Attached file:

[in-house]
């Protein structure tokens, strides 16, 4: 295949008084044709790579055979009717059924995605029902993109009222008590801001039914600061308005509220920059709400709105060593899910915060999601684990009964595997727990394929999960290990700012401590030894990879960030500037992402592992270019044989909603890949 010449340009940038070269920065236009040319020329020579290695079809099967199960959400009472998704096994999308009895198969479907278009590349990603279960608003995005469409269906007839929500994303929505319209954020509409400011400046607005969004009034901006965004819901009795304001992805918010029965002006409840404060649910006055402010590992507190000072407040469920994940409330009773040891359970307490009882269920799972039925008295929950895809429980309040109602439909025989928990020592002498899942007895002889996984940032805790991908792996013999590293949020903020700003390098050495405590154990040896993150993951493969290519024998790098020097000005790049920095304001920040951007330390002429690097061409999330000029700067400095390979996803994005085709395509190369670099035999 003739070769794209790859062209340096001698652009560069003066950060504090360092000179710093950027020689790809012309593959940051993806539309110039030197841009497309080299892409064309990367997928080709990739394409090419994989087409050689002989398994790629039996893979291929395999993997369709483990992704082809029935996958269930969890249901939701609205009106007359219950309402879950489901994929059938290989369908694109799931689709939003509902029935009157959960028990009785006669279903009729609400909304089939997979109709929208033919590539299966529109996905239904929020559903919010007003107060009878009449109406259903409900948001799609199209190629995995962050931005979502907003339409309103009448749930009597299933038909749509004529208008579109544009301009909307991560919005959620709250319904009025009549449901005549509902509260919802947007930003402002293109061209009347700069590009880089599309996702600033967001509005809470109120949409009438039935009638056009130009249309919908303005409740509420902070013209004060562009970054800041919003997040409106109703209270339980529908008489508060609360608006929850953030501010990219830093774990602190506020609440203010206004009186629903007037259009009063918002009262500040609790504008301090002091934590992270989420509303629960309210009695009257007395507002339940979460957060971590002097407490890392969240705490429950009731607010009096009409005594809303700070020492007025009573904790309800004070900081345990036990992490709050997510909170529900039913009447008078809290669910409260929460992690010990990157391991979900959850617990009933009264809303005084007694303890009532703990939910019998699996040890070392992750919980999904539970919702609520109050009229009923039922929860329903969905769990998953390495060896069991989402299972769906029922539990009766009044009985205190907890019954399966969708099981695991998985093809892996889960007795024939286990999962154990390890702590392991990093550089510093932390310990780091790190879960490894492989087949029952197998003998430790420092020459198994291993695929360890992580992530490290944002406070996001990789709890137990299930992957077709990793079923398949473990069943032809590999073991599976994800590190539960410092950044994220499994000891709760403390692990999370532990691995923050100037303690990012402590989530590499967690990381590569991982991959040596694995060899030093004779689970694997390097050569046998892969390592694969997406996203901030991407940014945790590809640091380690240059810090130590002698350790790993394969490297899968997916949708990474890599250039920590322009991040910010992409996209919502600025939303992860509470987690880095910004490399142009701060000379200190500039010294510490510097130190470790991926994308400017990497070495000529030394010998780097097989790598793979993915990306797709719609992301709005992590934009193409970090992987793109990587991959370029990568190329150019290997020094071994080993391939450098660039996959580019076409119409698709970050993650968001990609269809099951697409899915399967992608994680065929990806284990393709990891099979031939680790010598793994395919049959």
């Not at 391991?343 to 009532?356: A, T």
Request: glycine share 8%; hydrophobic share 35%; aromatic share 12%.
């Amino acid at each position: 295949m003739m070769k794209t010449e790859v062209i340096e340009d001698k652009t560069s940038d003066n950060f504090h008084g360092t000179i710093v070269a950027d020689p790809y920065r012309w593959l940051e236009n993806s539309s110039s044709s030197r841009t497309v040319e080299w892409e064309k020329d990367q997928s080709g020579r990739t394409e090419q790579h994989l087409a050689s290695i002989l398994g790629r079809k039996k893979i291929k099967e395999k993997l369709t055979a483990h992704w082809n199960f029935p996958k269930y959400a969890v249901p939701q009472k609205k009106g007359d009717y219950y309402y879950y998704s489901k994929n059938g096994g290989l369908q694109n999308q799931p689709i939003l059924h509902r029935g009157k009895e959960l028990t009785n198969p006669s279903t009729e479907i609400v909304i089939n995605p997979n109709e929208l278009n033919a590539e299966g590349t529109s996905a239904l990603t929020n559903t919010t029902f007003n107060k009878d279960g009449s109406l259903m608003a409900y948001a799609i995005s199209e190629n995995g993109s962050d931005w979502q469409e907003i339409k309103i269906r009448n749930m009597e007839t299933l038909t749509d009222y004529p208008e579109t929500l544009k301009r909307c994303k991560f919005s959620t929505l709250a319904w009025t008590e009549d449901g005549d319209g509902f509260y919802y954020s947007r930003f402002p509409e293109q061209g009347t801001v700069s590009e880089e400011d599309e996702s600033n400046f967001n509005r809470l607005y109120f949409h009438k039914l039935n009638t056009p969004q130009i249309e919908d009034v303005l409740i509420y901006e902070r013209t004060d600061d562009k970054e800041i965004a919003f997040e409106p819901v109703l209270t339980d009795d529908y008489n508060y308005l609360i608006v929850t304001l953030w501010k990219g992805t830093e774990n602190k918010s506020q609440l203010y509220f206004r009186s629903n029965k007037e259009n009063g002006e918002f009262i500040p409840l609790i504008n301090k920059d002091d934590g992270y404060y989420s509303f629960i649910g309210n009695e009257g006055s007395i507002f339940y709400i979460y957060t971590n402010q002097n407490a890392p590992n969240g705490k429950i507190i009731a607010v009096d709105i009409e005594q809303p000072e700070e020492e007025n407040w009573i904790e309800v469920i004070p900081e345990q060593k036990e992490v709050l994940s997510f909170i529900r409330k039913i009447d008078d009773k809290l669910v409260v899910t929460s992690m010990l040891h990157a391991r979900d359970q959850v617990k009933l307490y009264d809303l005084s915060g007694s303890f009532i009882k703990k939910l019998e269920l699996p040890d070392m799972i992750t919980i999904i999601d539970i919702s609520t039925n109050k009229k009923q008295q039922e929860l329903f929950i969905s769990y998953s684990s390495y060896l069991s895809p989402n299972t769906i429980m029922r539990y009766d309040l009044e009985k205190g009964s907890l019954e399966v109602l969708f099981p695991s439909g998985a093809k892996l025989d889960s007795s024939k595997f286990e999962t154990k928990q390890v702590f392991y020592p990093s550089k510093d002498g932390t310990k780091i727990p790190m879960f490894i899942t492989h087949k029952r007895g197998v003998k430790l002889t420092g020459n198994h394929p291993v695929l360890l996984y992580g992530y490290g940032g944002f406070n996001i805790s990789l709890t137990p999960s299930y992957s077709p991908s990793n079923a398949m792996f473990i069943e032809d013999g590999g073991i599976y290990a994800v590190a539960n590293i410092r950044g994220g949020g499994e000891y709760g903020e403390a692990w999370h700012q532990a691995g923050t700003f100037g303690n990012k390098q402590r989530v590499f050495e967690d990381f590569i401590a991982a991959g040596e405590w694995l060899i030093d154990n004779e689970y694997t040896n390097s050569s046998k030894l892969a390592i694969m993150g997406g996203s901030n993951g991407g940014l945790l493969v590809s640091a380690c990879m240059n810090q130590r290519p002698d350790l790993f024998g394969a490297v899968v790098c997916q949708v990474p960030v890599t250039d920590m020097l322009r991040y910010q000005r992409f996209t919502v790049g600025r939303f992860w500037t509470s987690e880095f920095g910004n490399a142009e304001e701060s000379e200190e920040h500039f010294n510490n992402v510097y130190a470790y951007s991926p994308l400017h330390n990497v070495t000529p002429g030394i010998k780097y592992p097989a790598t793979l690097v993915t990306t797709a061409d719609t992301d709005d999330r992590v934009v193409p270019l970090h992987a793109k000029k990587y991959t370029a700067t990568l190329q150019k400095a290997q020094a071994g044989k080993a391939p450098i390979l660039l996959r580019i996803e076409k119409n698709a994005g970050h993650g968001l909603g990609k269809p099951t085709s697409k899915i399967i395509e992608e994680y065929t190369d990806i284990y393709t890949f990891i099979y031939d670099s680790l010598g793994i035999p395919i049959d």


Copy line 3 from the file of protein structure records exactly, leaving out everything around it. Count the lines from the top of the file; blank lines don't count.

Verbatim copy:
């Not at 391991?343 to 009532?356: A, T």